Born in a small Indiana farming community in 1953, Jeffrey Becom painted from an early age. He began to develop his photographic skills while earning a degree in architecture from the University of Cincinnati. After moving to San Francisco to practice, Becom opted out of an architectural career to immerse himself in a private obsession: observing, studying and recording with camera and paintbrush the wondrous color and detail of the simple houses of farmers and fishermen in remote Mediterranean villages and hill towns.
Combining an architect’s love of geometry, pattern and texture with a painter’s sensitivity to color, light and composition, Becom spent a decade creating the series of photographs collected in his first book, Mediterranean Color (Abbeville Press, New York, 1990), with Pulitzer Prize-winning critic Paul Goldberger. This book documents with camera and words, the fascinating history as well as myths behind the remarkable colors on the simple houses of farmers and fishermen. Becom’s work has also been showcased in “For the Colors”, an hour-long PBS (public television) documentary joining him in Italy in 1991. In 1993 Becom had a retrospective exhibition of oils, watercolors and photographs at The Octagon’s American Architectural Foundation galleries in Washington, D.C.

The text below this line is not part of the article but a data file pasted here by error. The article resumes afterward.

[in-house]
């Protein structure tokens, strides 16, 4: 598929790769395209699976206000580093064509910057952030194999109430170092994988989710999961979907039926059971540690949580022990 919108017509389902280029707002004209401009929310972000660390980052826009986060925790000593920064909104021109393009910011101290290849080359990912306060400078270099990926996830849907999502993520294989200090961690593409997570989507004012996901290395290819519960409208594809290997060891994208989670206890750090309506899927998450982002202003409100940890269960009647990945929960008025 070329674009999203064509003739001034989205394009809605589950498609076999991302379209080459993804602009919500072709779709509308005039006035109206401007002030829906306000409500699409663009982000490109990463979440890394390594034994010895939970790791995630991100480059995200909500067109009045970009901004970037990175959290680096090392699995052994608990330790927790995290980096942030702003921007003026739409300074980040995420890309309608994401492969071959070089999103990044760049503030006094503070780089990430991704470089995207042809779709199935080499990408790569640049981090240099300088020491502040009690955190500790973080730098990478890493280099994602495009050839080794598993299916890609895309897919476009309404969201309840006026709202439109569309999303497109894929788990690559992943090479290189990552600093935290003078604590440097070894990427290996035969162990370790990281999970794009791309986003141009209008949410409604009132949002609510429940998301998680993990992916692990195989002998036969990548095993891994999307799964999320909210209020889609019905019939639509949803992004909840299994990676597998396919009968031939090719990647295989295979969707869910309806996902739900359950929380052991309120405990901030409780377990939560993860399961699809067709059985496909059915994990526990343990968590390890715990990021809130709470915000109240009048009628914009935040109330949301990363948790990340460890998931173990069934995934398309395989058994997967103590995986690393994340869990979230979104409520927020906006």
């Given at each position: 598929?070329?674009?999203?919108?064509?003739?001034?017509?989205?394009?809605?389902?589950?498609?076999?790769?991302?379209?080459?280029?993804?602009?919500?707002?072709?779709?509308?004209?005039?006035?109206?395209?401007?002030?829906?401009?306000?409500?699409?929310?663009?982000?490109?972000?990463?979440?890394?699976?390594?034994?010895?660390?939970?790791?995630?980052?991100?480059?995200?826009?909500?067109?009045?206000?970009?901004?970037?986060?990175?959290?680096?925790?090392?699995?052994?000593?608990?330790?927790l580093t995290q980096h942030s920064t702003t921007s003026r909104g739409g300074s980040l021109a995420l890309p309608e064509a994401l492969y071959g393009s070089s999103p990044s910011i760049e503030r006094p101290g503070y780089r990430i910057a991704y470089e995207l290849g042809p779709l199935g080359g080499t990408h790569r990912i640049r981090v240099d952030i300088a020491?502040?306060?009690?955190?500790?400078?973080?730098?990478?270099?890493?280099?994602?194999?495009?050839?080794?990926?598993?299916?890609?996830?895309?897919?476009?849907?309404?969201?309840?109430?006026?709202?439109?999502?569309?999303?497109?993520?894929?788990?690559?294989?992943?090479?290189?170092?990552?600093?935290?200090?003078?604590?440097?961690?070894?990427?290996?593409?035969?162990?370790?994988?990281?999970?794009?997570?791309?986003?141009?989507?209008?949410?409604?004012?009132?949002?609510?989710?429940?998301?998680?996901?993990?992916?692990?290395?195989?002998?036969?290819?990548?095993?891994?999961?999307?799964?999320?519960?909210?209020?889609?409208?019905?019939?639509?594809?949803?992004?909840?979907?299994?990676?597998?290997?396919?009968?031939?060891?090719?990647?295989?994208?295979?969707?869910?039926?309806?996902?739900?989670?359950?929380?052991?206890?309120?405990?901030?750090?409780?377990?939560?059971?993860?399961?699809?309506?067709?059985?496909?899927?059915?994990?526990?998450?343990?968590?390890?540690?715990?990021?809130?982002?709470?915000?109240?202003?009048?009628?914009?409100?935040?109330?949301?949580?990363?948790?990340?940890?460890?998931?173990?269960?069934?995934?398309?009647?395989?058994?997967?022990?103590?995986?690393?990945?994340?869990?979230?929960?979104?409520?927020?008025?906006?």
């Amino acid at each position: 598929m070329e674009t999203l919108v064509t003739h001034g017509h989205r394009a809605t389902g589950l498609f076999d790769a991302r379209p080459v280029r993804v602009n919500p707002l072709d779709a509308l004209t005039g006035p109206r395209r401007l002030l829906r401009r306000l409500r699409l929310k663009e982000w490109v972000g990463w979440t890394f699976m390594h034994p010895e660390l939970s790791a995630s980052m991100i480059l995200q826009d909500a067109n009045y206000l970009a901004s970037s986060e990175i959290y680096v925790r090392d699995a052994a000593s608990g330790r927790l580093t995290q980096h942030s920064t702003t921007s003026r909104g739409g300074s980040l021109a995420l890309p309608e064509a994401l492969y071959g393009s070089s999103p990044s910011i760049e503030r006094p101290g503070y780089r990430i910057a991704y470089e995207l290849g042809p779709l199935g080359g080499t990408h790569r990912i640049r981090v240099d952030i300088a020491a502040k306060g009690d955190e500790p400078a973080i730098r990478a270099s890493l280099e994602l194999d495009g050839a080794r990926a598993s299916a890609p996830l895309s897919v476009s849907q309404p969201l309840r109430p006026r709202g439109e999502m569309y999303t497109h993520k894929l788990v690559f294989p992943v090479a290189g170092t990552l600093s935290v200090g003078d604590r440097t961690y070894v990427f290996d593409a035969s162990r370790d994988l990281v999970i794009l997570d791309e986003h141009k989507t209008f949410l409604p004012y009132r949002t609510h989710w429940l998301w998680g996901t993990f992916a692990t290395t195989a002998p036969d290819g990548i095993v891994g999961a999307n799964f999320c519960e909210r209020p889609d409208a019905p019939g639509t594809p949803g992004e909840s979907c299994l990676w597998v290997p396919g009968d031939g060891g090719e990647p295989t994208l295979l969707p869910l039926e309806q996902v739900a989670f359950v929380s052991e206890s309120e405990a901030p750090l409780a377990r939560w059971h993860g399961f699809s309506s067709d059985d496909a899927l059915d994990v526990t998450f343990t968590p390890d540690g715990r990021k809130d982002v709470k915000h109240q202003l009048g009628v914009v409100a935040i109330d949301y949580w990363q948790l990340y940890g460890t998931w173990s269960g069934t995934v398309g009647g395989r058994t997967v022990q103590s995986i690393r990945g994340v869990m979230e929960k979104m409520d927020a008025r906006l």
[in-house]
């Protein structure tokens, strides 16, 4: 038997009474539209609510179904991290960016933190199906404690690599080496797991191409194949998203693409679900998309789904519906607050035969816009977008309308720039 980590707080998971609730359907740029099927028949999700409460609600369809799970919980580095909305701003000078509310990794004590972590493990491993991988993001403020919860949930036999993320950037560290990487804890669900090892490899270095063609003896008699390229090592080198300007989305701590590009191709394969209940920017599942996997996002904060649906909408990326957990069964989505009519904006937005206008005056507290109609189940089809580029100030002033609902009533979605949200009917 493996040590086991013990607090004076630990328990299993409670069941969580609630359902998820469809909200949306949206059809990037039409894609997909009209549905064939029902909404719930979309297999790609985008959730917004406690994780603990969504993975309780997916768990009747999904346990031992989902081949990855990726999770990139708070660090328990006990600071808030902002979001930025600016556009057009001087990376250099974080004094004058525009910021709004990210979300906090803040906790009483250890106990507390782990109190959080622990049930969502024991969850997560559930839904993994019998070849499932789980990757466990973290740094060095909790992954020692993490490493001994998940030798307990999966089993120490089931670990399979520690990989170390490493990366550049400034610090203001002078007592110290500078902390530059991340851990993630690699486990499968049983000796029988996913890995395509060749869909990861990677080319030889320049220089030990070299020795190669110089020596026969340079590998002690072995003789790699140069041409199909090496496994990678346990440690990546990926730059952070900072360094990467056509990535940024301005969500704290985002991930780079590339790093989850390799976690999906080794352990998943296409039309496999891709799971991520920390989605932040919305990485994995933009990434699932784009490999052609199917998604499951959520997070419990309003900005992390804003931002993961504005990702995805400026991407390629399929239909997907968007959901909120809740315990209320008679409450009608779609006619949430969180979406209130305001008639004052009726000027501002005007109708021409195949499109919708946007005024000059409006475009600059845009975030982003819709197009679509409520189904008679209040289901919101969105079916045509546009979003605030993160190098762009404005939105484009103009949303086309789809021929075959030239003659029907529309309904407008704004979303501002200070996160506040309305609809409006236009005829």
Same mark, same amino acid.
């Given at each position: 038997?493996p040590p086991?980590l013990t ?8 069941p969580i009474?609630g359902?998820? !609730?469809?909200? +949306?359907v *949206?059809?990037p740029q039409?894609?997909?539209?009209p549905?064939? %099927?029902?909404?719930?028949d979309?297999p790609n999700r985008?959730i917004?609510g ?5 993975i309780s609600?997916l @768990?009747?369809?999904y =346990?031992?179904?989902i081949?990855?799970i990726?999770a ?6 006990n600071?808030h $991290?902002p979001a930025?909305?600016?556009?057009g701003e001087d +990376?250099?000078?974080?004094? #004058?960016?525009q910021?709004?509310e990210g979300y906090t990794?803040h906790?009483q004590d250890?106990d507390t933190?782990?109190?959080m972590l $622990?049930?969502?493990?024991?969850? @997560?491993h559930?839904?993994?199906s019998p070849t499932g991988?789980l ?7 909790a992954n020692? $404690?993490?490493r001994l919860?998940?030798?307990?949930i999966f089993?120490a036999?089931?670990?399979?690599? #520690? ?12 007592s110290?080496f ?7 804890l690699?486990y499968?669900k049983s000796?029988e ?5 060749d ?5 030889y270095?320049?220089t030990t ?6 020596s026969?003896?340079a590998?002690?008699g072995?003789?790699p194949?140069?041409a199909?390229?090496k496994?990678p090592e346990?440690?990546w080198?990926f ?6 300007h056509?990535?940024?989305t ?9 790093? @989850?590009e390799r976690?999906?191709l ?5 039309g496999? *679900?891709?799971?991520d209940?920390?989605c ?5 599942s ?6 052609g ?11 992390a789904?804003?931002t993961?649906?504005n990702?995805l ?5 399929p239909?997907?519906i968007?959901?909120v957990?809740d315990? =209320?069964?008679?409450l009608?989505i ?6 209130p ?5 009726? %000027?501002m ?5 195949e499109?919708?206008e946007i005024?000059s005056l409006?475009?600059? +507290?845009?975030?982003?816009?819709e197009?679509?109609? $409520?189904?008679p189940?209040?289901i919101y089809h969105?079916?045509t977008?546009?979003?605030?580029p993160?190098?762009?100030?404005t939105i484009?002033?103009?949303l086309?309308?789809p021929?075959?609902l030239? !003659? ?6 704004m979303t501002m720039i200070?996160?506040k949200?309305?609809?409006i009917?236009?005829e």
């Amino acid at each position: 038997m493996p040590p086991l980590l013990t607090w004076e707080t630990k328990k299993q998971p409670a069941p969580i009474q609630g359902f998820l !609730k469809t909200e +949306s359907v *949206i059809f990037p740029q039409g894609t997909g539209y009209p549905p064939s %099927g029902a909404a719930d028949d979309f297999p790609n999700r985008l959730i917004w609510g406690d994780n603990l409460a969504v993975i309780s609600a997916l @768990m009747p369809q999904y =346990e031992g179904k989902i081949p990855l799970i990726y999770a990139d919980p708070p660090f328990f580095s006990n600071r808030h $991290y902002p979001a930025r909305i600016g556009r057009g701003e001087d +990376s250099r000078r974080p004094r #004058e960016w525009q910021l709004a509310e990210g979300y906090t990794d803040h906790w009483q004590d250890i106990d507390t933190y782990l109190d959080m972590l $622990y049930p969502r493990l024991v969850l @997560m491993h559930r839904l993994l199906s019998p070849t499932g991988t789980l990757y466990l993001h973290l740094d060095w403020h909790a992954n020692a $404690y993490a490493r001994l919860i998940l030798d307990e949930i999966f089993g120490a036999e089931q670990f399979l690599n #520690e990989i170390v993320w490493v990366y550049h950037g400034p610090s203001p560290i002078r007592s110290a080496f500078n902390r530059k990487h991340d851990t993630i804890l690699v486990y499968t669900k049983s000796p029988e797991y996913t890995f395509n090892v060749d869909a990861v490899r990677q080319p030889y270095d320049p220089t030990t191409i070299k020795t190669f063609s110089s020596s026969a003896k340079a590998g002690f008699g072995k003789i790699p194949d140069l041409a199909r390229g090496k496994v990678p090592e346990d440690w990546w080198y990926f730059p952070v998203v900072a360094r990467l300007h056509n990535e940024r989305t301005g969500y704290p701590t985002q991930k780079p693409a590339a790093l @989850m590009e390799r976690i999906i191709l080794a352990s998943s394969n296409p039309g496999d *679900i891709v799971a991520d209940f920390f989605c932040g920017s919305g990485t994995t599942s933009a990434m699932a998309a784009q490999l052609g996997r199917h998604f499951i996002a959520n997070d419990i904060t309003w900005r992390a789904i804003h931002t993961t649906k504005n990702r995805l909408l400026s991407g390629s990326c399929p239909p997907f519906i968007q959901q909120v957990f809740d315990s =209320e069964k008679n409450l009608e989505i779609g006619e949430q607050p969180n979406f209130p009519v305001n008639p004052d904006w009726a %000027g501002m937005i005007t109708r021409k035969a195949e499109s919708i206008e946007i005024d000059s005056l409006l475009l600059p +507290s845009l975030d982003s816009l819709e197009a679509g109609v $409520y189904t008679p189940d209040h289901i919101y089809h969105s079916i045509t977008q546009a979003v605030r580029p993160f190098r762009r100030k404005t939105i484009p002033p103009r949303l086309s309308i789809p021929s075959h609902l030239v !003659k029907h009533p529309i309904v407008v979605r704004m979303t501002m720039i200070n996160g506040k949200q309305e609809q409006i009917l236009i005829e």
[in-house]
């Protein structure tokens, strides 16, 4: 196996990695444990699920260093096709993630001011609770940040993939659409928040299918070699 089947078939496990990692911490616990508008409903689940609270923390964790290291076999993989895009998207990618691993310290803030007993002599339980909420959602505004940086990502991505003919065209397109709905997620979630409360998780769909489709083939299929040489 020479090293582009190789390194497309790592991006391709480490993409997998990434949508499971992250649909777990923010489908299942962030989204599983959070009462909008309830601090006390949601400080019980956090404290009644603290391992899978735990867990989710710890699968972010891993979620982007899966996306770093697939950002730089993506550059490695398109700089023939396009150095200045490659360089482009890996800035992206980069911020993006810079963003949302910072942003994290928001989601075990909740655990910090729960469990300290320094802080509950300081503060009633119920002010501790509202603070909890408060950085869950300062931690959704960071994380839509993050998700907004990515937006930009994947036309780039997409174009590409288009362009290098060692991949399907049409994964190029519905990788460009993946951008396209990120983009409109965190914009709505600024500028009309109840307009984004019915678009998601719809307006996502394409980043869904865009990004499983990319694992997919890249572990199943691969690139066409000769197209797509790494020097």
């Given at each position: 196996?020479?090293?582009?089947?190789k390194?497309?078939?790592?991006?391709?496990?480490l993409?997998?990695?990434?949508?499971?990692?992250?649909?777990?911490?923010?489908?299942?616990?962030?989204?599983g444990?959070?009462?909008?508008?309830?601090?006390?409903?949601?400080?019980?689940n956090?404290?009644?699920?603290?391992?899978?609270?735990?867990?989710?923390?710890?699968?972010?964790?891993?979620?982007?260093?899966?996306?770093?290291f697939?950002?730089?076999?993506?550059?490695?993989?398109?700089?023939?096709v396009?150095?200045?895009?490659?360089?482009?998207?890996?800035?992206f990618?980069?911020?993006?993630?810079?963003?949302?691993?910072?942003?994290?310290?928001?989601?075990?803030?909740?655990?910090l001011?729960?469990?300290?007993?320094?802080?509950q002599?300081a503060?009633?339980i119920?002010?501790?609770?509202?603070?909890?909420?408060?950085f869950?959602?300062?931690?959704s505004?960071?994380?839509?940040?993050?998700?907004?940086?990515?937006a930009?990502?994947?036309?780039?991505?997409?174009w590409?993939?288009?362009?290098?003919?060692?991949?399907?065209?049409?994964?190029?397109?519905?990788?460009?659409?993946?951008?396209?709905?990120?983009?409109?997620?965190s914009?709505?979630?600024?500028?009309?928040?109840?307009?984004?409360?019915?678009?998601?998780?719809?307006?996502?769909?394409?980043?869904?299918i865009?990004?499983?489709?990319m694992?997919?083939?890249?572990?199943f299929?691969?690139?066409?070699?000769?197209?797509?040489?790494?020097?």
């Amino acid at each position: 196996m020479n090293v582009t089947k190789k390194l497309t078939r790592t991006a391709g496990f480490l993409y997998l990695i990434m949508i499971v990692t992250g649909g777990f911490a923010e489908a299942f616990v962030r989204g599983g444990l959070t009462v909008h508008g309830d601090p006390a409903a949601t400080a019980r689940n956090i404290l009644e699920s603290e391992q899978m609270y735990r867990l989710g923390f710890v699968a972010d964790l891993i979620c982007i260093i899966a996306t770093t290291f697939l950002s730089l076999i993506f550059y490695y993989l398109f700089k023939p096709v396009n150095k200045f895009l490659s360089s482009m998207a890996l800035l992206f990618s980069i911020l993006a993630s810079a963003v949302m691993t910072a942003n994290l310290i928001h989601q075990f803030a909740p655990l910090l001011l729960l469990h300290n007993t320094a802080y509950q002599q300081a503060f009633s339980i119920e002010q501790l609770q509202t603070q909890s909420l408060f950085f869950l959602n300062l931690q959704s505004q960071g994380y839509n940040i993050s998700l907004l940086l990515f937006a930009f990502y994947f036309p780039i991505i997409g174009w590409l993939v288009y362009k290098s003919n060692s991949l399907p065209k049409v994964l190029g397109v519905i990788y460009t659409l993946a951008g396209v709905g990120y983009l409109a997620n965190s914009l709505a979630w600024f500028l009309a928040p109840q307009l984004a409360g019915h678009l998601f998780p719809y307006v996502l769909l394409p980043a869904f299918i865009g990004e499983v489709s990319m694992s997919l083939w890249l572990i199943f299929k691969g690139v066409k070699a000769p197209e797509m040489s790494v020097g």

Jeffrey Becom continues to divide his time equally between work in his studio and more recently, extensive travels throughout Mexico and Central America. Maya Color (Abbeville Press, New York, 1997), co-authored with his wife, Sally Jean Aberg, was conceived when Becom began to wonder why so many cemeteries in Southern Mexico are painted blue and green. This curiosity led him and Sally on a journey of eight years’ inquiry and research into the painting traditions of the living Maya. They grew to know a remarkable culture whose sacred colors are not merely a matter of preference but a powerful statement of belief stretching all the way back to their ancient painted pyramids. This new book documents the beauty as well as the power within the colorful traditions of Latin American architecture.
Jeffrey Becom’s limited edition Ilfachrome (i.e. cibachrome) photographs, as well as his watercolors and oil paintings, are represented in public and private collections throughout the world.